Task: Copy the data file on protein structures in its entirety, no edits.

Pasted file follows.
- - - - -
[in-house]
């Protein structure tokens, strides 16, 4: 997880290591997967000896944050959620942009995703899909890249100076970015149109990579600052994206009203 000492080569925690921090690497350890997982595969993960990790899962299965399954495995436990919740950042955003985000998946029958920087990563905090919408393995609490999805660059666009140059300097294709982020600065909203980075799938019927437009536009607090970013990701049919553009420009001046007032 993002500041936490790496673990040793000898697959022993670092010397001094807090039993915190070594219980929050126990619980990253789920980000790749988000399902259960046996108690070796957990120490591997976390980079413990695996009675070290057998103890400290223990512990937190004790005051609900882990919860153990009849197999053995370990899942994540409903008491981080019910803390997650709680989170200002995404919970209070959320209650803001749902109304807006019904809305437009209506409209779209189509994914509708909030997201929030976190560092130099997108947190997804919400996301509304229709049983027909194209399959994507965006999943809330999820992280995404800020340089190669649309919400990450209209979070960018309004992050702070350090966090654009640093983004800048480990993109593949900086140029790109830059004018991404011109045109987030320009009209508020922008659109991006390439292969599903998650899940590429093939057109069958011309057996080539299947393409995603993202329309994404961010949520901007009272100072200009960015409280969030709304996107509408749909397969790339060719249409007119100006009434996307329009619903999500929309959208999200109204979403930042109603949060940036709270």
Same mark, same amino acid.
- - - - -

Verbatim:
[in-house]
């Protein structure tokens, strides 16, 4: 997880290591997967000896944050959620942009995703899909890249100076970015149109990579600052994206009203 000492080569925690921090690497350890997982595969993960990790899962299965399954495995436990919740950042955003985000998946029958920087990563905090919408393995609490999805660059666009140059300097294709982020600065909203980075799938019927437009536009607090970013990701049919553009420009001046007032 993002500041936490790496673990040793000898697959022993670092010397001094807090039993915190070594219980929050126990619980990253789920980000790749988000399902259960046996108690070796957990120490591997976390980079413990695996009675070290057998103890400290223990512990937190004790005051609900882990919860153990009849197999053995370990899942994540409903008491981080019910803390997650709680989170200002995404919970209070959320209650803001749902109304807006019904809305437009209506409209779209189509994914509708909030997201929030976190560092130099997108947190997804919400996301509304229709049983027909194209399959994507965006999943809330999820992280995404800020340089190669649309919400990450209209979070960018309004992050702070350090966090654009640093983004800048480990993109593949900086140029790109830059004018991404011109045109987030320009009209508020922008659109991006390439292969599903998650899940590429093939057109069958011309057996080539299947393409995603993202329309994404961010949520901007009272100072200009960015409280969030709304996107509408749909397969790339060719249409007119100006009434996307329009619903999500929309959208999200109204979403930042109603949060940036709270």
Same mark, same amino acid.